John Moffatt travelled to England around 1869. In 1871, he decided to return to Australia, taking an overland route, but died during the course of the trip and was buried at Galle, Sri Lanka. He never married. A line at the end of the obituary gives some insight into John’s character. His brother, Robert Moffatt, was described as “even more eccentric” than John.
Thomas MUST: Died 2 September 1905 at Portland. Thomas Must was born in London in 1815 and arrived in Sydney in 1832 aboard the Guardian. He worked for general merchants and shipping agents, Marsden and Flower and in 1842 he married Anne Wilcox. Marsden and Flower sent Thomas to Victoria in 1846 and he established an agency at Portland. Horace Flower joined him and they formed the partnership, Flower, Must & Co., traders. A large warehouse was built in Bentick Street.
After seven years, Must bought out Flower’s share in the company. Thomas later set up a branch at Port McDonnell, South Australia. He operated his business for a further twenty-seven years, but in the meantime he served on local government and sat on the Victorian Legislative Assemble and saw some shaky financial times. Thomas had the family home Prospect built in 1855, and from there he and Ann raised eight daughters and four sons.
Angus McDOUGALL: Died 4 September 1914 at Hamilton. Angus McDougall, a Scot, arrived at Portland around 1854 aged seventeen, aboard the Edward Johnstone. He started working as a carrier between Portland and Hamilton, but eventually took up land at Buckley’s Swamp. He married, but he and his wife never had children. Eight of his siblings were still alive at the time of his death and the funeral was one of the largest seen in the district, with around sixty vehicles and many on horseback.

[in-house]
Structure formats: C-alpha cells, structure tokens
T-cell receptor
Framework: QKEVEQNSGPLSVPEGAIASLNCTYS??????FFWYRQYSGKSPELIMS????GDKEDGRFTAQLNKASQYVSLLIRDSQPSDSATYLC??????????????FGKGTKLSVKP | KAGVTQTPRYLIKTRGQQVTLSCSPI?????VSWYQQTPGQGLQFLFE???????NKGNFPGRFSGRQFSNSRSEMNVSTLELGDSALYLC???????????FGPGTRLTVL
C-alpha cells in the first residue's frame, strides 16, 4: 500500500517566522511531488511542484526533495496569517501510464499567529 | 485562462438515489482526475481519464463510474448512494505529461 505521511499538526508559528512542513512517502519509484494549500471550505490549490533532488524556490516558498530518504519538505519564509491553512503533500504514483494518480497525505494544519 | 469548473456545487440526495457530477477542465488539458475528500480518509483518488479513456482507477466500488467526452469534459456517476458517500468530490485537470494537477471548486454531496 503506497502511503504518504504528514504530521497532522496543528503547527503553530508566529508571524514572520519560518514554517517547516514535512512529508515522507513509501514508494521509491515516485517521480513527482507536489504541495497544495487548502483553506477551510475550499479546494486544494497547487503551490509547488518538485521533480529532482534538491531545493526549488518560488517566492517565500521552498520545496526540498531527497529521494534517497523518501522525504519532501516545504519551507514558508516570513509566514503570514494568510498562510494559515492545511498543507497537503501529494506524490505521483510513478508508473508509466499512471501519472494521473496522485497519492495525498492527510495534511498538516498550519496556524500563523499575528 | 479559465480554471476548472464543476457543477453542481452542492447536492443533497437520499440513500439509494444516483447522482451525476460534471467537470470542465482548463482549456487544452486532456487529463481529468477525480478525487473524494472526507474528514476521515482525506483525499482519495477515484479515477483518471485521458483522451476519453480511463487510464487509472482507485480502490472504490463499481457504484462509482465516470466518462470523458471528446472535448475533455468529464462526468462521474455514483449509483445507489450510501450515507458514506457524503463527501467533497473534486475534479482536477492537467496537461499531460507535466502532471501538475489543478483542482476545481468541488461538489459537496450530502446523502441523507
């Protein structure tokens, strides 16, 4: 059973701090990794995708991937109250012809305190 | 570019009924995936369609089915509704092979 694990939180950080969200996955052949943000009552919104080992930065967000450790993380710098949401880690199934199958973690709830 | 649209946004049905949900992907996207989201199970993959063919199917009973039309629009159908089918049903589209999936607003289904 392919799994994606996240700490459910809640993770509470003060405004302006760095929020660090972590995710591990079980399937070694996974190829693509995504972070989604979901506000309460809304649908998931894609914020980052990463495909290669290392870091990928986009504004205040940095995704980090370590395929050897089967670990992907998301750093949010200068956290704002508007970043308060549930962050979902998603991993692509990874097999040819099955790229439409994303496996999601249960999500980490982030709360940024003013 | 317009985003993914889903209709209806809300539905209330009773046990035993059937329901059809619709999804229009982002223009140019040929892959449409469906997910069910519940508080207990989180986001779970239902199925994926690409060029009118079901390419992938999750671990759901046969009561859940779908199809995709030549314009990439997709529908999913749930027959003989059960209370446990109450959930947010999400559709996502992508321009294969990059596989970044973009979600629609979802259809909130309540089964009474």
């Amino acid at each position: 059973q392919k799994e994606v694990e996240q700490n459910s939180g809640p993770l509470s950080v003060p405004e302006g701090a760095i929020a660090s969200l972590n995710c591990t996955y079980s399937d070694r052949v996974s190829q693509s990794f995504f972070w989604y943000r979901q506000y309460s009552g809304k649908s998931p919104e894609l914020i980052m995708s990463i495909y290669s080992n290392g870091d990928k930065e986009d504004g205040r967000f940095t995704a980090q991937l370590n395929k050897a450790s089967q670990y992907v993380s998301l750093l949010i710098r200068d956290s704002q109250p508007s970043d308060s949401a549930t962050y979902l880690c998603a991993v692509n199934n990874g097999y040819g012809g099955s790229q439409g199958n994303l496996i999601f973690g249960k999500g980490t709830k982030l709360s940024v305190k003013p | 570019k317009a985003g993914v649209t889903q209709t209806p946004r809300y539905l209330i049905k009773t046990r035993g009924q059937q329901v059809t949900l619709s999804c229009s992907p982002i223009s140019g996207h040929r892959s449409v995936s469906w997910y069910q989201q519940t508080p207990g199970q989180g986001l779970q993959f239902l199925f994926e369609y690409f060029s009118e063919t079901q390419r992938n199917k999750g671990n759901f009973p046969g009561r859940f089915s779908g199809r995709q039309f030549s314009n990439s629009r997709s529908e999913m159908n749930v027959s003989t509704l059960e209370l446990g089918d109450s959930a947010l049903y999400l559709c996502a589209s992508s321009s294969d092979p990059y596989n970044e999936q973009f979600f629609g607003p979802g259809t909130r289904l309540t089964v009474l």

Sarah Ann BURNETT: Died 7 September 1914 at Warrnambool. Sarah Ann Burnett arrived at Port Fairy aboard the Persian in 1852 with her husband William Miller and three of their children. They lived first between Port Fairy and Tower Hill, then settled on the Merri River at Cassidy’s Bridge. Sarah and William raised seven children. Her obituary states there were two grandchildren and twenty-five great-grandchildren at the time of her death. Reverse that I think…or, maybe, her two grandchildren were just prolific breeders.
Sarah and her fellow Methodist church goer, Henry Beardsley (below), died a day apart and were both remembered at a service at the Warrnambool Methodist Church led by Reverend Harris.